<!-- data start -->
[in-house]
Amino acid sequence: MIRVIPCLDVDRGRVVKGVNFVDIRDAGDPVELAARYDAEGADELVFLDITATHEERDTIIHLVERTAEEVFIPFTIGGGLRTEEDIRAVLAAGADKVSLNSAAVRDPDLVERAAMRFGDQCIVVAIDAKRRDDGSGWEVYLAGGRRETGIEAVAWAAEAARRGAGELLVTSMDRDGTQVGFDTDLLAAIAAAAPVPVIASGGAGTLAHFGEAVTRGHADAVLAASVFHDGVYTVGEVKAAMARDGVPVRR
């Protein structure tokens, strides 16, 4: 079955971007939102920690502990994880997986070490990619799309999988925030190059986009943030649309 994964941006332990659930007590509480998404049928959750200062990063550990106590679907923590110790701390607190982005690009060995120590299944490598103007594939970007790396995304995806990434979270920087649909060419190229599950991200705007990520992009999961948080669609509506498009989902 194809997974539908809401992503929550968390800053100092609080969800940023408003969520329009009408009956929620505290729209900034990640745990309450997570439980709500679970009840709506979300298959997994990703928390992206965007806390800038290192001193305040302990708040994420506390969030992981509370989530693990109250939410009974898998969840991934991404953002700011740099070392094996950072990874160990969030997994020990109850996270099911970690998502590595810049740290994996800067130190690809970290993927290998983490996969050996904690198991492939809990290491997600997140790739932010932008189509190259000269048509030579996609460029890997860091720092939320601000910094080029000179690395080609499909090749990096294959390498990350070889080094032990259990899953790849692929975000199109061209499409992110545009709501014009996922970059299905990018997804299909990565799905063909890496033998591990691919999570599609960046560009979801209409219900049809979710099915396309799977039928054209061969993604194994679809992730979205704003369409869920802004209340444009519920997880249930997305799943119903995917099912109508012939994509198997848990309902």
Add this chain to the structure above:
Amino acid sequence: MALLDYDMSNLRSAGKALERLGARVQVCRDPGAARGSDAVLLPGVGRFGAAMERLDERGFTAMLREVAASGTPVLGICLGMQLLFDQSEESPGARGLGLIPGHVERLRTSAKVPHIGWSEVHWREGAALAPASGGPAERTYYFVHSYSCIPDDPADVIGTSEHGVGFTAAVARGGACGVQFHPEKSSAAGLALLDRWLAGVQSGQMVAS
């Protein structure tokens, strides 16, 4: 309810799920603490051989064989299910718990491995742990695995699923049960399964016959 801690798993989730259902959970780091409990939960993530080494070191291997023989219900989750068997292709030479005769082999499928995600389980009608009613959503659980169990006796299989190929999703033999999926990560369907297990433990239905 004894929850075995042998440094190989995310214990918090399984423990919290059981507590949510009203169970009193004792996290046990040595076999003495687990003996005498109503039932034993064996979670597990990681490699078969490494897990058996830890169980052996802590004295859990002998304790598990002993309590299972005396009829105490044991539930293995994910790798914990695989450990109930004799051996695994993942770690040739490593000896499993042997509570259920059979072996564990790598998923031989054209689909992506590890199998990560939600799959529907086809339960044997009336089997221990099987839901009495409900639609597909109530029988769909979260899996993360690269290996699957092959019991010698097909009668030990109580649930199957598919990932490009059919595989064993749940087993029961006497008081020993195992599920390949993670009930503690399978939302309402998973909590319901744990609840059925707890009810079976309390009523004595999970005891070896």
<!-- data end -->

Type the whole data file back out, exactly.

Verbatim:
[in-house]
Amino acid sequence: MIRVIPCLDVDRGRVVKGVNFVDIRDAGDPVELAARYDAEGADELVFLDITATHEERDTIIHLVERTAEEVFIPFTIGGGLRTEEDIRAVLAAGADKVSLNSAAVRDPDLVERAAMRFGDQCIVVAIDAKRRDDGSGWEVYLAGGRRETGIEAVAWAAEAARRGAGELLVTSMDRDGTQVGFDTDLLAAIAAAAPVPVIASGGAGTLAHFGEAVTRGHADAVLAASVFHDGVYTVGEVKAAMARDGVPVRR
């Protein structure tokens, strides 16, 4: 079955971007939102920690502990994880997986070490990619799309999988925030190059986009943030649309 994964941006332990659930007590509480998404049928959750200062990063550990106590679907923590110790701390607190982005690009060995120590299944490598103007594939970007790396995304995806990434979270920087649909060419190229599950991200705007990520992009999961948080669609509506498009989902 194809997974539908809401992503929550968390800053100092609080969800940023408003969520329009009408009956929620505290729209900034990640745990309450997570439980709500679970009840709506979300298959997994990703928390992206965007806390800038290192001193305040302990708040994420506390969030992981509370989530693990109250939410009974898998969840991934991404953002700011740099070392094996950072990874160990969030997994020990109850996270099911970690998502590595810049740290994996800067130190690809970290993927290998983490996969050996904690198991492939809990290491997600997140790739932010932008189509190259000269048509030579996609460029890997860091720092939320601000910094080029000179690395080609499909090749990096294959390498990350070889080094032990259990899953790849692929975000199109061209499409992110545009709501014009996922970059299905990018997804299909990565799905063909890496033998591990691919999570599609960046560009979801209409219900049809979710099915396309799977039928054209061969993604194994679809992730979205704003369409869920802004209340444009519920997880249930997305799943119903995917099912109508012939994509198997848990309902």
Add this chain to the structure above:
Amino acid sequence: MALLDYDMSNLRSAGKALERLGARVQVCRDPGAARGSDAVLLPGVGRFGAAMERLDERGFTAMLREVAASGTPVLGICLGMQLLFDQSEESPGARGLGLIPGHVERLRTSAKVPHIGWSEVHWREGAALAPASGGPAERTYYFVHSYSCIPDDPADVIGTSEHGVGFTAAVARGGACGVQFHPEKSSAAGLALLDRWLAGVQSGQMVAS
């Protein structure tokens, strides 16, 4: 309810799920603490051989064989299910718990491995742990695995699923049960399964016959 801690798993989730259902959970780091409990939960993530080494070191291997023989219900989750068997292709030479005769082999499928995600389980009608009613959503659980169990006796299989190929999703033999999926990560369907297990433990239905 004894929850075995042998440094190989995310214990918090399984423990919290059981507590949510009203169970009193004792996290046990040595076999003495687990003996005498109503039932034993064996979670597990990681490699078969490494897990058996830890169980052996802590004295859990002998304790598990002993309590299972005396009829105490044991539930293995994910790798914990695989450990109930004799051996695994993942770690040739490593000896499993042997509570259920059979072996564990790598998923031989054209689909992506590890199998990560939600799959529907086809339960044997009336089997221990099987839901009495409900639609597909109530029988769909979260899996993360690269290996699957092959019991010698097909009668030990109580649930199957598919990932490009059919595989064993749940087993029961006497008081020993195992599920390949993670009930503690399978939302309402998973909590319901744990609840059925707890009810079976309390009523004595999970005891070896």